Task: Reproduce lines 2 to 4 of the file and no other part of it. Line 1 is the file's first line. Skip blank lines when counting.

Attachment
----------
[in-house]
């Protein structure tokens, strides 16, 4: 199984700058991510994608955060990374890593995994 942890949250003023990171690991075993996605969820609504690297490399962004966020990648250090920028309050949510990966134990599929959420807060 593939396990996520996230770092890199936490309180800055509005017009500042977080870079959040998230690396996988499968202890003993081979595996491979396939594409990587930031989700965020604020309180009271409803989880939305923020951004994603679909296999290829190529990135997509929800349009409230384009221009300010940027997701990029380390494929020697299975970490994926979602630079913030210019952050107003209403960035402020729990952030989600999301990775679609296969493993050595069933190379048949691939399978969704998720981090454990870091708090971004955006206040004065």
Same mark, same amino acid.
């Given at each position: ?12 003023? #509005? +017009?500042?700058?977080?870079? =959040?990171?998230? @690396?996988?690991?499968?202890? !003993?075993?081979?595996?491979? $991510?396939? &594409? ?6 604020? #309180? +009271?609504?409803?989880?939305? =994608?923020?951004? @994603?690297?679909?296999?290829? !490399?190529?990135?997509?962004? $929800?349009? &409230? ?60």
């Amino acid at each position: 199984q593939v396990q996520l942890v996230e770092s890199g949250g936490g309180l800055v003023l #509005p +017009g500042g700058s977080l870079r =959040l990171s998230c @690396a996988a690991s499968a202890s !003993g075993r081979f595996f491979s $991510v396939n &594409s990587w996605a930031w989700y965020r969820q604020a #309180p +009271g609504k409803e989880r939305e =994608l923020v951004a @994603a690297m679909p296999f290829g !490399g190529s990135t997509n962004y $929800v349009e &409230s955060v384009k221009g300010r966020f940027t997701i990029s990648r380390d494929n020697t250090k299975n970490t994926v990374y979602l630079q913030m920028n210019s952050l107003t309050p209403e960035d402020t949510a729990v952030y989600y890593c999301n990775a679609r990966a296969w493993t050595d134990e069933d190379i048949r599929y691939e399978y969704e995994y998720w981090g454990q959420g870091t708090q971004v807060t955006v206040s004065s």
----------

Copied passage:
């Protein structure tokens, strides 16, 4: 199984700058991510994608955060990374890593995994 942890949250003023990171690991075993996605969820609504690297490399962004966020990648250090920028309050949510990966134990599929959420807060 593939396990996520996230770092890199936490309180800055509005017009500042977080870079959040998230690396996988499968202890003993081979595996491979396939594409990587930031989700965020604020309180009271409803989880939305923020951004994603679909296999290829190529990135997509929800349009409230384009221009300010940027997701990029380390494929020697299975970490994926979602630079913030210019952050107003209403960035402020729990952030989600999301990775679609296969493993050595069933190379048949691939399978969704998720981090454990870091708090971004955006206040004065």
Same mark, same amino acid.
């Given at each position: ?12 003023? #509005? +017009?500042?700058?977080?870079? =959040?990171?998230? @690396?996988?690991?499968?202890? !003993?075993?081979?595996?491979? $991510?396939? &594409? ?6 604020? #309180? +009271?609504?409803?989880?939305? =994608?923020?951004? @994603?690297?679909?296999?290829? !490399?190529?990135?997509?962004? $929800?349009? &409230? ?60």